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A Prairie Home Companion with Garrison Keillor

The Old Scout

Garrison Keillor's weekly newspaper column.

June 2009 Archives

Unalienable Rights Include Decent Potato Salad

I walked the length of the westbound Lake Shore Limited as it left Albany last Sunday, six crowded coaches, and counted three Twitterers and a couple of phone texters, six laptoppers (two of whom were watching movies), four video gamers, and 27 people reading books. Books made of paper! Turning the pages with their fingers one by one, reading the lines left to right, just as people have done for hundreds of years. Ain't that something?

I didn't lean down for a close look at the books they were reading — I was not brought up to do that — so perhaps bodices were being ripped and stalkers were stalking and meteorites were heading straight for earth, but no matter. Books were being read!

Along with live theater, monogamy and the bald eagle, the paper book has been despaired over and its demise freely predicted, and yet, among people heading west, it seems to be the diversion of choice. So Dickens and Jane Austen and Flannery O'Connor are not dead yet.

And the bald eagle is coming back, along with the gray wolf and the Yellowstone grizzly — though less attractive endangered species such as the glassy-eyed smelt and the orangefoot pimpleback mussel and various arachnids are still in doubt — and theater seems as alluring as ever, judging by the number of young New York waiters with large personalities. And as for monogamy, it's there, waiting to be rediscovered.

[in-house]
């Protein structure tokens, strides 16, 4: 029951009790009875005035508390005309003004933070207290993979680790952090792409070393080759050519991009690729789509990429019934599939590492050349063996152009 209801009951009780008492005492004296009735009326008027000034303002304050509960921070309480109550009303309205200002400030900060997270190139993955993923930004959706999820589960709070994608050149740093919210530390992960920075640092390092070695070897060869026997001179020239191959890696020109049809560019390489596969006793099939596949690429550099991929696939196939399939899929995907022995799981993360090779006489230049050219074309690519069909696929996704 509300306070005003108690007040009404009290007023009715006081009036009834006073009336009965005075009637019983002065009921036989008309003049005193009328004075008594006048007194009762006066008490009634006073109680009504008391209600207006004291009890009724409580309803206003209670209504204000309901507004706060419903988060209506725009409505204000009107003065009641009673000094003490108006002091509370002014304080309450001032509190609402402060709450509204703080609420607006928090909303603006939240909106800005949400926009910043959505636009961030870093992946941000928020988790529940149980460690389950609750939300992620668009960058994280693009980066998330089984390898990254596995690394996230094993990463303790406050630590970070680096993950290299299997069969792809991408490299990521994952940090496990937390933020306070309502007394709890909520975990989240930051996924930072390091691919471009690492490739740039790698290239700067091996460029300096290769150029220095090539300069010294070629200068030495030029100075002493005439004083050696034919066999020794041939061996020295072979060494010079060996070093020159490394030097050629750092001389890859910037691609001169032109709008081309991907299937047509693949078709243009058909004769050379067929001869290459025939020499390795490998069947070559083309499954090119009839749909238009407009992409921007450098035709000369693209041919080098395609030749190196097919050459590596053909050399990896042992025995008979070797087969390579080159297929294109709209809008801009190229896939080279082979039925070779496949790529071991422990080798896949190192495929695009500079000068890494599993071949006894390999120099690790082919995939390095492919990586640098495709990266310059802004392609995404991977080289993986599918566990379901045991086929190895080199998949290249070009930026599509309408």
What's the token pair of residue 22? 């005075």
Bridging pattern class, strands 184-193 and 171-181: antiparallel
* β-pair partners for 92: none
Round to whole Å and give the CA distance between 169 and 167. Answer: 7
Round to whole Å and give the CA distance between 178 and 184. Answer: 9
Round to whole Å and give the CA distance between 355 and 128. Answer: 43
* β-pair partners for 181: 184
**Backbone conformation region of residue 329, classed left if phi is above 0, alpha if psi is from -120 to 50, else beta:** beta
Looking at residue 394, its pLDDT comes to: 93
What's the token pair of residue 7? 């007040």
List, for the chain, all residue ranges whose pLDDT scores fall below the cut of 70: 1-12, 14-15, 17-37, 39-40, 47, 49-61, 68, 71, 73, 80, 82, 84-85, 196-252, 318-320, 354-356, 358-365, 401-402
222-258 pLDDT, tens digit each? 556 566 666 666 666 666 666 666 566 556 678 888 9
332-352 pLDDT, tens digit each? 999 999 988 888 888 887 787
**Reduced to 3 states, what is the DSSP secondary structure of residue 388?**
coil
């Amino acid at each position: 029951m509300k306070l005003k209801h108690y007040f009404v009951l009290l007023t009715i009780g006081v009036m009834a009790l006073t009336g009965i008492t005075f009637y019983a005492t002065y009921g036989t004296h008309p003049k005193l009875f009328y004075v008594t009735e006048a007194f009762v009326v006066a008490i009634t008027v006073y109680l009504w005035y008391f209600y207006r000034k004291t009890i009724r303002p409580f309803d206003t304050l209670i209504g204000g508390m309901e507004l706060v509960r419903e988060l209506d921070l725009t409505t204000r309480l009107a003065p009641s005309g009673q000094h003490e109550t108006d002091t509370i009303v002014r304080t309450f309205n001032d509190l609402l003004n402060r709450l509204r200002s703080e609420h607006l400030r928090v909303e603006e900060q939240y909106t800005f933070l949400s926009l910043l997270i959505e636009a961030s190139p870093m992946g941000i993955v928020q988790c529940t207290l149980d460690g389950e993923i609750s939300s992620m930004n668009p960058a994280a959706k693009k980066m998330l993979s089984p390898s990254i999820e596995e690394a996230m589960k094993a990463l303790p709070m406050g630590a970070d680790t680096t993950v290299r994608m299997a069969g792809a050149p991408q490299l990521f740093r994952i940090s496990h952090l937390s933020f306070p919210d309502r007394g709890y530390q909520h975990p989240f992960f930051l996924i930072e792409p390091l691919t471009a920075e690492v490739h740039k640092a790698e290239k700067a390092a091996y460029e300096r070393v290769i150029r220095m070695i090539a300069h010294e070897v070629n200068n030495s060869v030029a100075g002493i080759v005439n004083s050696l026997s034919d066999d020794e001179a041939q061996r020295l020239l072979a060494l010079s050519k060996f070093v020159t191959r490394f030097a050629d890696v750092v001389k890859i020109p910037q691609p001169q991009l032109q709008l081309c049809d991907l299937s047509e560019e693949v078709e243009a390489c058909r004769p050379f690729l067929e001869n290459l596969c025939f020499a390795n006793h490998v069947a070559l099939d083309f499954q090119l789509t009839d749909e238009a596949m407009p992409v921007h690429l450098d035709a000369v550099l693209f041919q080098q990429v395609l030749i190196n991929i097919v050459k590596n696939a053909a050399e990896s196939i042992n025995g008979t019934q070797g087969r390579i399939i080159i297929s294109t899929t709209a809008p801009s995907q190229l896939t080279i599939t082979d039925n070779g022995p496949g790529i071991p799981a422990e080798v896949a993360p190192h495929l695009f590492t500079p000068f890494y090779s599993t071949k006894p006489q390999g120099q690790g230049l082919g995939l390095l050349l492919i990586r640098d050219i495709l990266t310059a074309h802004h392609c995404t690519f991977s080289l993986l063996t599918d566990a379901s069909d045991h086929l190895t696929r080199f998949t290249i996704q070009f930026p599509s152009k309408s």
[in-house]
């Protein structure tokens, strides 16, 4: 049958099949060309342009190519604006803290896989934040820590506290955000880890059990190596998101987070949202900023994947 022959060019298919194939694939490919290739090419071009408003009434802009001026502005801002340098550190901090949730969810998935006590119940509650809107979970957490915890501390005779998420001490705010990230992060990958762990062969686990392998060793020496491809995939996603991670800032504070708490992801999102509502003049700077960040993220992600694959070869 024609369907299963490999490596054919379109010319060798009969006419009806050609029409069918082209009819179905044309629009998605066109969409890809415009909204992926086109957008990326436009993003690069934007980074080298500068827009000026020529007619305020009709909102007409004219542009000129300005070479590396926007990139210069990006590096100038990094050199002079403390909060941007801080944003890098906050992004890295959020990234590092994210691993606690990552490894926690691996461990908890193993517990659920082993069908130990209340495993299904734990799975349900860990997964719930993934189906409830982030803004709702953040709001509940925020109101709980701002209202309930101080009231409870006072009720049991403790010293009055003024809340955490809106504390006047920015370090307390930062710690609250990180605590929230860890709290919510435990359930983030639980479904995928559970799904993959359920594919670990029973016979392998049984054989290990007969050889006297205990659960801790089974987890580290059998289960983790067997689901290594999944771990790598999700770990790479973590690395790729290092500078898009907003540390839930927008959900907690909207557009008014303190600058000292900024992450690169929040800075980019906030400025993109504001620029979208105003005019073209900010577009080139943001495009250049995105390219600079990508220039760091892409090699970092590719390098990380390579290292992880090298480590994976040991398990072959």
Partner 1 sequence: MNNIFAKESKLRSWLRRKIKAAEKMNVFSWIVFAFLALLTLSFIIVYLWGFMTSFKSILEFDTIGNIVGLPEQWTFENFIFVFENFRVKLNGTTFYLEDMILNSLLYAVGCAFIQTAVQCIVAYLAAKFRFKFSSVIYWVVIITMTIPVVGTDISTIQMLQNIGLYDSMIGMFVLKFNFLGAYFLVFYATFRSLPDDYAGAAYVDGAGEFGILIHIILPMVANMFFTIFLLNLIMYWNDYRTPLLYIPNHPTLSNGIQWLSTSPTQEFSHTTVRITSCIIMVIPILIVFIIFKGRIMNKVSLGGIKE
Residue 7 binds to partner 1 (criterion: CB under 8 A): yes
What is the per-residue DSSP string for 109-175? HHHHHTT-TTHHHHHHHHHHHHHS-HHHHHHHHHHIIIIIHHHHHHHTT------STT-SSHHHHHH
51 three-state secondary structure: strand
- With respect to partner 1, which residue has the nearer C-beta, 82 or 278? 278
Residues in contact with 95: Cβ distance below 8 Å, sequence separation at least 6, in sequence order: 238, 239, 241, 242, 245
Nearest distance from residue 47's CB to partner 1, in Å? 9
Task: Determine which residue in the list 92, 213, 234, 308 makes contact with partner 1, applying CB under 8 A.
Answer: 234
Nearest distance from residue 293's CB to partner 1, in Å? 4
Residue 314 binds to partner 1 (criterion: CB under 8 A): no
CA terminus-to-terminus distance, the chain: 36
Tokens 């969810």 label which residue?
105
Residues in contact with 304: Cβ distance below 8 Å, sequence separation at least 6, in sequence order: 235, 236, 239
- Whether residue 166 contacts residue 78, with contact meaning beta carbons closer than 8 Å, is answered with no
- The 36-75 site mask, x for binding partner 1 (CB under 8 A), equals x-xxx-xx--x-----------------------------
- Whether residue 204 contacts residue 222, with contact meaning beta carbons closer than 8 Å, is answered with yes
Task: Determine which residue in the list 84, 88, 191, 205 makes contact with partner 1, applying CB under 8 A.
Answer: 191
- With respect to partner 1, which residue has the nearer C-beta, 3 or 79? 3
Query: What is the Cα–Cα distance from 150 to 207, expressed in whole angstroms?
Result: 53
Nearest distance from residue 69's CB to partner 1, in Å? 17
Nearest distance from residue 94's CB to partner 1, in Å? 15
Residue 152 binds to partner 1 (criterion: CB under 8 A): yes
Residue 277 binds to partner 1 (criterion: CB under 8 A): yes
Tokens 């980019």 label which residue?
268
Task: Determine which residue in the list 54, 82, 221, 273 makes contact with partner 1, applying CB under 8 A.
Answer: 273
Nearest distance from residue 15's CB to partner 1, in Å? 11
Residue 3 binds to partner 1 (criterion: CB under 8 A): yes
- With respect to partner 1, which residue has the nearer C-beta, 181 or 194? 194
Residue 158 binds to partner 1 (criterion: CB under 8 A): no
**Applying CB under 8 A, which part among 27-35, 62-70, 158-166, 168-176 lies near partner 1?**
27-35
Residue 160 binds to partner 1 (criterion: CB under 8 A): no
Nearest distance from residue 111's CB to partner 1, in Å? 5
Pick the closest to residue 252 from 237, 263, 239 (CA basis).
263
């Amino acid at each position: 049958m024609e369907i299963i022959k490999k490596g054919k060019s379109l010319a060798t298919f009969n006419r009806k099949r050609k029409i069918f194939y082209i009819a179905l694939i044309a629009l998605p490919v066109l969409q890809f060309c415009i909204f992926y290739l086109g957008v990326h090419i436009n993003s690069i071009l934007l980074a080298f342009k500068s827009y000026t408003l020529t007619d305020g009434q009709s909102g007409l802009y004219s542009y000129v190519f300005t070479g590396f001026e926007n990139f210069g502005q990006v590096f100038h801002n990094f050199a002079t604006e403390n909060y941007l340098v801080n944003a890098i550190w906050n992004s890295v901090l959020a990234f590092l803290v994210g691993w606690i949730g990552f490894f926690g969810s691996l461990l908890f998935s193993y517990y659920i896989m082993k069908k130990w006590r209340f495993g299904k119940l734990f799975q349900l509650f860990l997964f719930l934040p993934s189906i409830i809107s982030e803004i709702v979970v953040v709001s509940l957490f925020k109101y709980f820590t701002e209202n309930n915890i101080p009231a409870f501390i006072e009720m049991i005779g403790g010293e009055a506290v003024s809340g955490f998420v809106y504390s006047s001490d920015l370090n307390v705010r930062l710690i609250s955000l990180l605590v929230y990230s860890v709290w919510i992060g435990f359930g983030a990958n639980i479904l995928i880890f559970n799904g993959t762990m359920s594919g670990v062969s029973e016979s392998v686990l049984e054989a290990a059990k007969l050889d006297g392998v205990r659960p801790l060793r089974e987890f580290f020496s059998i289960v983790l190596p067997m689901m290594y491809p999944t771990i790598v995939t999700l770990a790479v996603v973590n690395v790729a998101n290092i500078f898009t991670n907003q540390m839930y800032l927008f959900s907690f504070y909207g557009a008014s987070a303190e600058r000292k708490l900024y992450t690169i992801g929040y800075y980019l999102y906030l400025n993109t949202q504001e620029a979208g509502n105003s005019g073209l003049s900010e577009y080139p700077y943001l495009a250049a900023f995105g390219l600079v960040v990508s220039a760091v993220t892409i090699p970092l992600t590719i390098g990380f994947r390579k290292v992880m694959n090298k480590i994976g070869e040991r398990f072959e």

So let me speak up for an endangered menu item this Fourth of July weekend and that is homemade potato salad.

When the family meets this weekend to hobnob and burn burgers, the family member assigned to bring the potato salad is likely going to walk in with a couple of gallon plastic buckets of yellowish muck bought at a convenience store, the price stickers still on them, and set them down on the table with no apology whatsoever.

Or, if they have more disposable income, they'll bring paper containers full of brownish muck from the natural organic sustainable united empathetic co-op.

If you bring garbage to share with your family, the least you can do is tell a lie and say, "I couldn't make the potato salad myself because I am bipolar and my lover left me and my dog has leukemia and I have an oozing leprous sore on my mixing hand."

It is not that hard to make potato salad, people. Take half an hour away from your Facebook page and do the job right. Boil some eggs, chop the celery and chives and green onions, boil the potatoes, make your mayonnaise, maybe toss in a little sour cream, use plenty of dill, and sprinkle paprika on top. The eerie-yellow store-bought stuff in the tubs was manufactured at Amalgamated Salad in Houston by undocumented 12-year-olds from the hills of Michoacan. Worse, it is teaching our children that accomplishment doesn't matter.